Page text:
What is happening to the Military is that the chaplaincy has been taken over by ultra conservative Christians who not only object to these cultural changes, but who see the armed services as a mission for Jesus. While they make up 18 percent of the Force, they have 63 percent of the chaplains. It is these chaplains who want unfettered access to be able to publically ostracize LGB service members, and also proselytize aggressively, without restriction. They are looking to their allies in Congress to aid and abet them.
As this charade of hearing was going on in DC, contrary to the testimony of several of the panelist that there was never proselytizing in the field, an evangelistic Christian chaplain was using a mandatory event to do just that. During a compulsory suicide prevention-training program at a Ranger Battalion in Georgia, this chaplain proclaimed " Invite Jesus into whatever you are feeling." Mandatory troop formations have never been appropriate venues for religious proselytizing of any kind, an axiom seasoned chaplains have always respected.
What these members of Congress don't seem to understand, or more likely don't care about, is that the military chaplaincy is different from ministry in the civilian world. As one chaplain endorser and member of the Forum on the Military Chaplaincy recently stated:
Military chaplains exist first and foremost 'to perform or provide for the free exercise of religion.' There is a sacred institutional trust that chaplains must save their theology and creeds for formal worship services and/or private, client-invited pastoral counseling. Suicide prevention presentations and other mandatory presentations, ceremonies, and personnel formations are NOT the time to theologically opine and sermonize. Chaplains should and are mandated to be sensitive to the needs of A-L-L in their spiritual care and institutional responsibility -- and they are never to attempt to proselytize or even opine when such possibly can be construed as either coercive or an undue influence! I would think that such actions in the context of mandatory formations and presentations and even written columns in official unit publications could easily be construed as command-sponsored or command-endorsed policies or positions and as such are likely violations of that sacred trust, if not outright illegal. If professional military chaplains are uncomfortable laboring with sensitivity and sincere adherence to and genuine respect for their proper roles in such contexts, it may be time for some chaplains to reconsider their sense of calling and definition of ministry -- before the military is compelled to take action to insure the rights as well as the (career and emotional) safety of personnel.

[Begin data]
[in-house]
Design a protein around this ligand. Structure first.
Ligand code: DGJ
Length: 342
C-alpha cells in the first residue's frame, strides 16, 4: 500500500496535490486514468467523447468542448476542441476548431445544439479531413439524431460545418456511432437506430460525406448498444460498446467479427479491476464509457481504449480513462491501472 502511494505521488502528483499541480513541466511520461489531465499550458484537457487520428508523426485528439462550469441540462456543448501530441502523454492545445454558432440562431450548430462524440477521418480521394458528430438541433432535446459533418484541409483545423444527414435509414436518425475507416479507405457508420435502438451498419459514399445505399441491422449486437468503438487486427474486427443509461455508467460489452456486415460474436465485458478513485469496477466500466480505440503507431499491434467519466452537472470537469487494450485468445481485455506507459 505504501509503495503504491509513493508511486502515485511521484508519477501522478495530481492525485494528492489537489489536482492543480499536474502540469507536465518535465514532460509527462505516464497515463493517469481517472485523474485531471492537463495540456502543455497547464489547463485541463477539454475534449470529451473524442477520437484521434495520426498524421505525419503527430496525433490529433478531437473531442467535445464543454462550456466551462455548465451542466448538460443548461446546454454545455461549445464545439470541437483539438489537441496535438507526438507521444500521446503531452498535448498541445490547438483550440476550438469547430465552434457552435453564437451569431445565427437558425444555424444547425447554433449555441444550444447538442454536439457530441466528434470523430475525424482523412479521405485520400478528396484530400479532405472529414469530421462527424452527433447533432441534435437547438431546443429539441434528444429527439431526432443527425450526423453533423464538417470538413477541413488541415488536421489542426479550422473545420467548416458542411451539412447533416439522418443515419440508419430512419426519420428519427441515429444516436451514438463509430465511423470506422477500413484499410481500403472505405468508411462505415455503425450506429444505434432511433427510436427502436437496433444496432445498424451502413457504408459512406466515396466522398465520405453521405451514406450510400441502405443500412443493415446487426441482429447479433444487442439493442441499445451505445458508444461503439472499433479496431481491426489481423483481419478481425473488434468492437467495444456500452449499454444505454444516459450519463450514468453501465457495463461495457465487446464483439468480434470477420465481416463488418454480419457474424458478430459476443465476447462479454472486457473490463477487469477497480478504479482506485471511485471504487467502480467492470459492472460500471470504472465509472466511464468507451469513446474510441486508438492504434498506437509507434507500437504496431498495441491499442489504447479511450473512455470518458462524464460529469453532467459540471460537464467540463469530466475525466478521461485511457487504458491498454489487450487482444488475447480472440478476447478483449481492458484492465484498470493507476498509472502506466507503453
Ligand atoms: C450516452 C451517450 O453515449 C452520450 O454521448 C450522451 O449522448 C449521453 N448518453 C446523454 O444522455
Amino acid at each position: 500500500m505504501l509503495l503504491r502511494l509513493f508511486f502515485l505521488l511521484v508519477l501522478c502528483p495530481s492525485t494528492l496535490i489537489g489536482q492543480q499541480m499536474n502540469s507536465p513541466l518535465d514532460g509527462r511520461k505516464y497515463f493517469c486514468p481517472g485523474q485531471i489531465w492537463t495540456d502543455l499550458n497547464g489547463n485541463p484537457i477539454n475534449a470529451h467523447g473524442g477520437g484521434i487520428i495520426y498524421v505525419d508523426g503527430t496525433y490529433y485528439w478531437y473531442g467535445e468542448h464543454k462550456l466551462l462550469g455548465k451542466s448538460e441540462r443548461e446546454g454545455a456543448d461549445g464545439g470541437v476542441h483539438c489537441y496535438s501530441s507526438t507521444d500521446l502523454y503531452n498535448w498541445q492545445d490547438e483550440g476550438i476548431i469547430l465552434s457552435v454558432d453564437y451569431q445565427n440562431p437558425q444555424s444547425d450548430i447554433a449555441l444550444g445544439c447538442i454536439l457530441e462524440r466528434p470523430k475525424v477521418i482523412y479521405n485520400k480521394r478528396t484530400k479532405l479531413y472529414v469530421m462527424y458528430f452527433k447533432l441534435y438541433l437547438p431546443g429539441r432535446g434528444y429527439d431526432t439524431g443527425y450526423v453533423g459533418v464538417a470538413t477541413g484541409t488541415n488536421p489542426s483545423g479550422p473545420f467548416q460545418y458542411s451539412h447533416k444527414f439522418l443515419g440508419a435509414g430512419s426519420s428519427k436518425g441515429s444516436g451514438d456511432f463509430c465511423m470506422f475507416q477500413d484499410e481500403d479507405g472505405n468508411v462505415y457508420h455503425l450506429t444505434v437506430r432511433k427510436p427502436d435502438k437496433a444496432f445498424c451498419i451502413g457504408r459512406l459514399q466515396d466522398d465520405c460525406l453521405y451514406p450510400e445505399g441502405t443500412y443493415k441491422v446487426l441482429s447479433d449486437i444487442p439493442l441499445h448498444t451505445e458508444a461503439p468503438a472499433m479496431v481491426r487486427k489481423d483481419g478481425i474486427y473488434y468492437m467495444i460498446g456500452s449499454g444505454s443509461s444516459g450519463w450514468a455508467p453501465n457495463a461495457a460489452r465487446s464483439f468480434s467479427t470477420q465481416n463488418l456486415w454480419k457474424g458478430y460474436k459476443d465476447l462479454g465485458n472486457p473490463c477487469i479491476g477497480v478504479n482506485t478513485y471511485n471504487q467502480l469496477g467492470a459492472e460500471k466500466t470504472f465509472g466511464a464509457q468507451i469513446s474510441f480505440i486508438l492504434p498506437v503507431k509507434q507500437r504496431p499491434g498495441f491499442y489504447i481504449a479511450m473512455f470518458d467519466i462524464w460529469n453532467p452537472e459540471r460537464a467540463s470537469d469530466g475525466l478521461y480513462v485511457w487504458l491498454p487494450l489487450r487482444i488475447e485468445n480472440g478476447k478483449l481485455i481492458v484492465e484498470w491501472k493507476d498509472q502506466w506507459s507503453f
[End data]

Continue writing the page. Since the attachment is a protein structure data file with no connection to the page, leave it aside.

The accommodation being considered by this committee is clearly a subterfuge to allow criticizing of LGB service members and proselytizing of all non-Christians. While any legislation this committee might propose would give cover to these ultra conservative Christian chaplains and their fellow believers, it would in all probability also have an adverse impact on those service members who do not share these religious beliefs. Such unrestricted criticism and proselytizing would clearly have a negative effect on unit morale, good order and discipline. Providing legal cover, with no accountability, would be counterproductive for the military, may present a challenge to the military chaplaincy's continued survival and viability, and clearly would be bad for our country.